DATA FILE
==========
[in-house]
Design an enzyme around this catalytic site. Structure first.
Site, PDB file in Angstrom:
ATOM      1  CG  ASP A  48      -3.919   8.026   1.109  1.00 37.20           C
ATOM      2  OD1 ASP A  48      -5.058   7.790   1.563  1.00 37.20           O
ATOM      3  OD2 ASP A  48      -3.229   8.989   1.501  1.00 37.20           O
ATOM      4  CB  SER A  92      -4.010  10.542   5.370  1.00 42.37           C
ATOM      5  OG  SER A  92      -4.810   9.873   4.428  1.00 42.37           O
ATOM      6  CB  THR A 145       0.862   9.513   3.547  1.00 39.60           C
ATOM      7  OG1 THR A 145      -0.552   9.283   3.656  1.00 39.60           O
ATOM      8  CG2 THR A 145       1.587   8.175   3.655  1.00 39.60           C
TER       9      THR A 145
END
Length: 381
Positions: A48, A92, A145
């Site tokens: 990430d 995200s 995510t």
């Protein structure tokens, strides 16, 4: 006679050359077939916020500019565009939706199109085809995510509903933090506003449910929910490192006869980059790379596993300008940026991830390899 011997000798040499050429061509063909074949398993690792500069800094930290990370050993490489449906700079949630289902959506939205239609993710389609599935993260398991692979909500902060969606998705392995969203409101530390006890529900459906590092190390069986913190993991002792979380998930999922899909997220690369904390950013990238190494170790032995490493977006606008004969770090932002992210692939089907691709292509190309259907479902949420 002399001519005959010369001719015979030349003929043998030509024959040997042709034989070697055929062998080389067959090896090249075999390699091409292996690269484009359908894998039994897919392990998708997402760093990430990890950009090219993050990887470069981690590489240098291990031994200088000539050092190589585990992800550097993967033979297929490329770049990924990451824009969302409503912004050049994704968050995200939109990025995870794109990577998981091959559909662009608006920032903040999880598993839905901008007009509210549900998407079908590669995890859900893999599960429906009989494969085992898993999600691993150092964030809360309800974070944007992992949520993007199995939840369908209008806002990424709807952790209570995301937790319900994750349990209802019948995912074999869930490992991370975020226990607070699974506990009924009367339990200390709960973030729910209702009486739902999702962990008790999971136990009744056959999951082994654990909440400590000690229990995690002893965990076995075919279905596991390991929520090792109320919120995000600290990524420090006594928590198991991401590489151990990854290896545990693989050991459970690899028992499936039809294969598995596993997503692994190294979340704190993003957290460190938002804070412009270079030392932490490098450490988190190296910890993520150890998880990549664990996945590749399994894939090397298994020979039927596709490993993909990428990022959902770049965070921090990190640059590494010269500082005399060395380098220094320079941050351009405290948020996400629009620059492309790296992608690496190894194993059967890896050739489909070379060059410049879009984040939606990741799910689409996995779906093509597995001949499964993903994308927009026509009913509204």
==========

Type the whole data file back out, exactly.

[in-house]
Design an enzyme around this catalytic site. Structure first.
Site, PDB file in Angstrom:
ATOM      1  CG  ASP A  48      -3.919   8.026   1.109  1.00 37.20           C
ATOM      2  OD1 ASP A  48      -5.058   7.790   1.563  1.00 37.20           O
ATOM      3  OD2 ASP A  48      -3.229   8.989   1.501  1.00 37.20           O
ATOM      4  CB  SER A  92      -4.010  10.542   5.370  1.00 42.37           C
ATOM      5  OG  SER A  92      -4.810   9.873   4.428  1.00 42.37           O
ATOM      6  CB  THR A 145       0.862   9.513   3.547  1.00 39.60           C
ATOM      7  OG1 THR A 145      -0.552   9.283   3.656  1.00 39.60           O
ATOM      8  CG2 THR A 145       1.587   8.175   3.655  1.00 39.60           C
TER       9      THR A 145
END
Length: 381
Positions: A48, A92, A145
């Site tokens: 990430d 995200s 995510t």
């Protein structure tokens, strides 16, 4: 006679050359077939916020500019565009939706199109085809995510509903933090506003449910929910490192006869980059790379596993300008940026991830390899 011997000798040499050429061509063909074949398993690792500069800094930290990370050993490489449906700079949630289902959506939205239609993710389609599935993260398991692979909500902060969606998705392995969203409101530390006890529900459906590092190390069986913190993991002792979380998930999922899909997220690369904390950013990238190494170790032995490493977006606008004969770090932002992210692939089907691709292509190309259907479902949420 002399001519005959010369001719015979030349003929043998030509024959040997042709034989070697055929062998080389067959090896090249075999390699091409292996690269484009359908894998039994897919392990998708997402760093990430990890950009090219993050990887470069981690590489240098291990031994200088000539050092190589585990992800550097993967033979297929490329770049990924990451824009969302409503912004050049994704968050995200939109990025995870794109990577998981091959559909662009608006920032903040999880598993839905901008007009509210549900998407079908590669995890859900893999599960429906009989494969085992898993999600691993150092964030809360309800974070944007992992949520993007199995939840369908209008806002990424709807952790209570995301937790319900994750349990209802019948995912074999869930490992991370975020226990607070699974506990009924009367339990200390709960973030729910209702009486739902999702962990008790999971136990009744056959999951082994654990909440400590000690229990995690002893965990076995075919279905596991390991929520090792109320919120995000600290990524420090006594928590198991991401590489151990990854290896545990693989050991459970690899028992499936039809294969598995596993997503692994190294979340704190993003957290460190938002804070412009270079030392932490490098450490988190190296910890993520150890998880990549664990996945590749399994894939090397298994020979039927596709490993993909990428990022959902770049965070921090990190640059590494010269500082005399060395380098220094320079941050351009405290948020996400629009620059492309790296992608690496190894194993059967890896050739489909070379060059410049879009984040939606990741799910689409996995779906093509597995001949499964993903994308927009026509009913509204």